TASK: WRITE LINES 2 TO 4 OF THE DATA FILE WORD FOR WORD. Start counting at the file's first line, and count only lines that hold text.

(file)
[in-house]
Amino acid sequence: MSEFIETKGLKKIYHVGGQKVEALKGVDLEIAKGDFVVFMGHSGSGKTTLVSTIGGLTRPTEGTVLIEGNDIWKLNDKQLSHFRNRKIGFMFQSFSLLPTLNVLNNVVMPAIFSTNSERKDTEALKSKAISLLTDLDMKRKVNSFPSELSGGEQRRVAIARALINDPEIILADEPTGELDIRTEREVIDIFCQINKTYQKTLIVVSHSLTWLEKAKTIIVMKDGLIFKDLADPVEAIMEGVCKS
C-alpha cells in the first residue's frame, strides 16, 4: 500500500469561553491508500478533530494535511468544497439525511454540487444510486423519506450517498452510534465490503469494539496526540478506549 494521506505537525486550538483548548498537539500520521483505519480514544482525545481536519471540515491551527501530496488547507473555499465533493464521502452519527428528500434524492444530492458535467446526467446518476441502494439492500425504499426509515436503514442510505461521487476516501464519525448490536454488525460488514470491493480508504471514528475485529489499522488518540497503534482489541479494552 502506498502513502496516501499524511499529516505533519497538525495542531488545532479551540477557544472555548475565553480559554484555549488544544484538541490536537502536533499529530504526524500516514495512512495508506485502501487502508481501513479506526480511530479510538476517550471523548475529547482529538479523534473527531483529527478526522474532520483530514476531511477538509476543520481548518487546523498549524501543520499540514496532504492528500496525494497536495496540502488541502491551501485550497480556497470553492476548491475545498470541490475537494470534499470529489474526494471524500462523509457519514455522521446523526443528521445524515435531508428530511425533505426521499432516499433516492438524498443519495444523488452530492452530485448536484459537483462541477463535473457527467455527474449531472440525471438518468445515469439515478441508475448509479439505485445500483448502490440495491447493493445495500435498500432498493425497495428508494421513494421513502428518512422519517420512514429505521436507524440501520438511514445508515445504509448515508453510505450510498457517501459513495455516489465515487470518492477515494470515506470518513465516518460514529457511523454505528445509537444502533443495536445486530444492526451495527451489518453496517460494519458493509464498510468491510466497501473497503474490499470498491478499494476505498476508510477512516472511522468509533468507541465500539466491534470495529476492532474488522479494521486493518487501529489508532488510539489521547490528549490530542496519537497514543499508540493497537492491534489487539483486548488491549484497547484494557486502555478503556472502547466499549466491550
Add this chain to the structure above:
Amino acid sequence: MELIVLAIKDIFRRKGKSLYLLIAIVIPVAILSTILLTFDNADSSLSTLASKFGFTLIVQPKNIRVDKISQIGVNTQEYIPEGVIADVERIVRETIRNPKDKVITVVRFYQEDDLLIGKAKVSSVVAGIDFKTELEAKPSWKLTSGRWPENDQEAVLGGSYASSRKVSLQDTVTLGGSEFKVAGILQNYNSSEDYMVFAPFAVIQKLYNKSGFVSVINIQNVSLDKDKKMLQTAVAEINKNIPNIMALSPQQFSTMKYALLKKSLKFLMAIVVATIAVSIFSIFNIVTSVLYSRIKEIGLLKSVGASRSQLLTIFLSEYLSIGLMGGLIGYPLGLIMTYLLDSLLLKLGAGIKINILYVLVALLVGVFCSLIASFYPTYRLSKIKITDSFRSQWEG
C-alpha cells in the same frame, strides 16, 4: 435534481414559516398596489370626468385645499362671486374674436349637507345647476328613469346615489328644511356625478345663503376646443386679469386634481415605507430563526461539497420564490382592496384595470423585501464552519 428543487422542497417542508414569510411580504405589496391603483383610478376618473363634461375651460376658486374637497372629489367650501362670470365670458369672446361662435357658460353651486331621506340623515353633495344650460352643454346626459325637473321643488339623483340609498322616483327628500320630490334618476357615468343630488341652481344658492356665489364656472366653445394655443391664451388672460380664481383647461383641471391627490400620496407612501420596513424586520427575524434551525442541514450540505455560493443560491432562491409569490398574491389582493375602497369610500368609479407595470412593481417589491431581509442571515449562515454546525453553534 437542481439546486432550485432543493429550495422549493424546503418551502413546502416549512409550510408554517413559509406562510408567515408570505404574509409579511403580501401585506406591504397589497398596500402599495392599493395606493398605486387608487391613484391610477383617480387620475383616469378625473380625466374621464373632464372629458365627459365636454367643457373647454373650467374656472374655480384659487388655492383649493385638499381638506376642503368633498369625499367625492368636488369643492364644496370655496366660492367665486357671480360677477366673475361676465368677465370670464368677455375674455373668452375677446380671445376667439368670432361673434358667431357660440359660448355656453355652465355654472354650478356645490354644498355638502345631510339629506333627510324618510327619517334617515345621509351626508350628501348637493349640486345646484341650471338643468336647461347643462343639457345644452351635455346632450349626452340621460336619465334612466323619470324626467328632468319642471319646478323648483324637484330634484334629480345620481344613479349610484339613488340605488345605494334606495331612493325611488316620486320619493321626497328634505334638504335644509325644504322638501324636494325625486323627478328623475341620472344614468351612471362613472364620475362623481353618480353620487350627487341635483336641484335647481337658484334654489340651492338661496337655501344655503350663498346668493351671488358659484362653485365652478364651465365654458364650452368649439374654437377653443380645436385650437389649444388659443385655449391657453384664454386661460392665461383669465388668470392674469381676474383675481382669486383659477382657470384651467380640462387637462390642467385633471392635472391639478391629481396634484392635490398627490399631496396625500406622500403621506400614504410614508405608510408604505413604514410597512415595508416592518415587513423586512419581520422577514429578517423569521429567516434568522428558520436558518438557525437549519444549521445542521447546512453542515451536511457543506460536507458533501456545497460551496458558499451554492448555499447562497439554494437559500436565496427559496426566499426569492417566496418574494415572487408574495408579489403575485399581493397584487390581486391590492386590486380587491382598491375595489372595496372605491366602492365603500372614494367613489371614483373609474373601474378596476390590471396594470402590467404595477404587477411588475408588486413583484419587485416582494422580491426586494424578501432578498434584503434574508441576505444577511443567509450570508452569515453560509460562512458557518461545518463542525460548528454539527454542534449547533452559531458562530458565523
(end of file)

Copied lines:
Amino acid sequence: MSEFIETKGLKKIYHVGGQKVEALKGVDLEIAKGDFVVFMGHSGSGKTTLVSTIGGLTRPTEGTVLIEGNDIWKLNDKQLSHFRNRKIGFMFQSFSLLPTLNVLNNVVMPAIFSTNSERKDTEALKSKAISLLTDLDMKRKVNSFPSELSGGEQRRVAIARALINDPEIILADEPTGELDIRTEREVIDIFCQINKTYQKTLIVVSHSLTWLEKAKTIIVMKDGLIFKDLADPVEAIMEGVCKS
C-alpha cells in the first residue's frame, strides 16, 4: 500500500469561553491508500478533530494535511468544497439525511454540487444510486423519506450517498452510534465490503469494539496526540478506549 494521506505537525486550538483548548498537539500520521483505519480514544482525545481536519471540515491551527501530496488547507473555499465533493464521502452519527428528500434524492444530492458535467446526467446518476441502494439492500425504499426509515436503514442510505461521487476516501464519525448490536454488525460488514470491493480508504471514528475485529489499522488518540497503534482489541479494552 502506498502513502496516501499524511499529516505533519497538525495542531488545532479551540477557544472555548475565553480559554484555549488544544484538541490536537502536533499529530504526524500516514495512512495508506485502501487502508481501513479506526480511530479510538476517550471523548475529547482529538479523534473527531483529527478526522474532520483530514476531511477538509476543520481548518487546523498549524501543520499540514496532504492528500496525494497536495496540502488541502491551501485550497480556497470553492476548491475545498470541490475537494470534499470529489474526494471524500462523509457519514455522521446523526443528521445524515435531508428530511425533505426521499432516499433516492438524498443519495444523488452530492452530485448536484459537483462541477463535473457527467455527474449531472440525471438518468445515469439515478441508475448509479439505485445500483448502490440495491447493493445495500435498500432498493425497495428508494421513494421513502428518512422519517420512514429505521436507524440501520438511514445508515445504509448515508453510505450510498457517501459513495455516489465515487470518492477515494470515506470518513465516518460514529457511523454505528445509537444502533443495536445486530444492526451495527451489518453496517460494519458493509464498510468491510466497501473497503474490499470498491478499494476505498476508510477512516472511522468509533468507541465500539466491534470495529476492532474488522479494521486493518487501529489508532488510539489521547490528549490530542496519537497514543499508540493497537492491534489487539483486548488491549484497547484494557486502555478503556472502547466499549466491550
Add this chain to the structure above: